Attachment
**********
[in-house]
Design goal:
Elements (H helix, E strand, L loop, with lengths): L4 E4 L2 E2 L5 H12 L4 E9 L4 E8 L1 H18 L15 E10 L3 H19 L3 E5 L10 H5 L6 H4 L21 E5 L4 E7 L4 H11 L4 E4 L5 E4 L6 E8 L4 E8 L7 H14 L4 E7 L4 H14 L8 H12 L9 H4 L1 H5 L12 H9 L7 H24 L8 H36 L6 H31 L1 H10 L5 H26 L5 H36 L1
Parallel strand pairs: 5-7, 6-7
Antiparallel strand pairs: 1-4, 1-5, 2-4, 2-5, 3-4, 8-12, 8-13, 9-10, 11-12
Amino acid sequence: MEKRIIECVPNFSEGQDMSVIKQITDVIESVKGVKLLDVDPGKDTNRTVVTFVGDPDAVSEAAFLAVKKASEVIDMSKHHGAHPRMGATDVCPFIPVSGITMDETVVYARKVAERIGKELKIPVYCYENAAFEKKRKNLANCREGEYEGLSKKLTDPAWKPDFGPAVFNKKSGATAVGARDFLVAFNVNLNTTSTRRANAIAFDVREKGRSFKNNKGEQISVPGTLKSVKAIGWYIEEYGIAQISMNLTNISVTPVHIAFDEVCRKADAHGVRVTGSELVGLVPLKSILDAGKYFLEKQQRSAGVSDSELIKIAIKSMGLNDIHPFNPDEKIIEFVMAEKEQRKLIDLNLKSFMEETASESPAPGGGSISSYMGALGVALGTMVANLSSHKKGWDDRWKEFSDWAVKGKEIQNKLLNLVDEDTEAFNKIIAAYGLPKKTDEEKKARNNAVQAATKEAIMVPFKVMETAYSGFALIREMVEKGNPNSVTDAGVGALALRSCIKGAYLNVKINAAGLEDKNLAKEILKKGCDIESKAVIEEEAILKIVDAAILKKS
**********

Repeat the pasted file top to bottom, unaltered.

[in-house]
Design goal:
Elements (H helix, E strand, L loop, with lengths): L4 E4 L2 E2 L5 H12 L4 E9 L4 E8 L1 H18 L15 E10 L3 H19 L3 E5 L10 H5 L6 H4 L21 E5 L4 E7 L4 H11 L4 E4 L5 E4 L6 E8 L4 E8 L7 H14 L4 E7 L4 H14 L8 H12 L9 H4 L1 H5 L12 H9 L7 H24 L8 H36 L6 H31 L1 H10 L5 H26 L5 H36 L1
Parallel strand pairs: 5-7, 6-7
Antiparallel strand pairs: 1-4, 1-5, 2-4, 2-5, 3-4, 8-12, 8-13, 9-10, 11-12
Amino acid sequence: MEKRIIECVPNFSEGQDMSVIKQITDVIESVKGVKLLDVDPGKDTNRTVVTFVGDPDAVSEAAFLAVKKASEVIDMSKHHGAHPRMGATDVCPFIPVSGITMDETVVYARKVAERIGKELKIPVYCYENAAFEKKRKNLANCREGEYEGLSKKLTDPAWKPDFGPAVFNKKSGATAVGARDFLVAFNVNLNTTSTRRANAIAFDVREKGRSFKNNKGEQISVPGTLKSVKAIGWYIEEYGIAQISMNLTNISVTPVHIAFDEVCRKADAHGVRVTGSELVGLVPLKSILDAGKYFLEKQQRSAGVSDSELIKIAIKSMGLNDIHPFNPDEKIIEFVMAEKEQRKLIDLNLKSFMEETASESPAPGGGSISSYMGALGVALGTMVANLSSHKKGWDDRWKEFSDWAVKGKEIQNKLLNLVDEDTEAFNKIIAAYGLPKKTDEEKKARNNAVQAATKEAIMVPFKVMETAYSGFALIREMVEKGNPNSVTDAGVGALALRSCIKGAYLNVKINAAGLEDKNLAKEILKKGCDIESKAVIEEEAILKIVDAAILKKS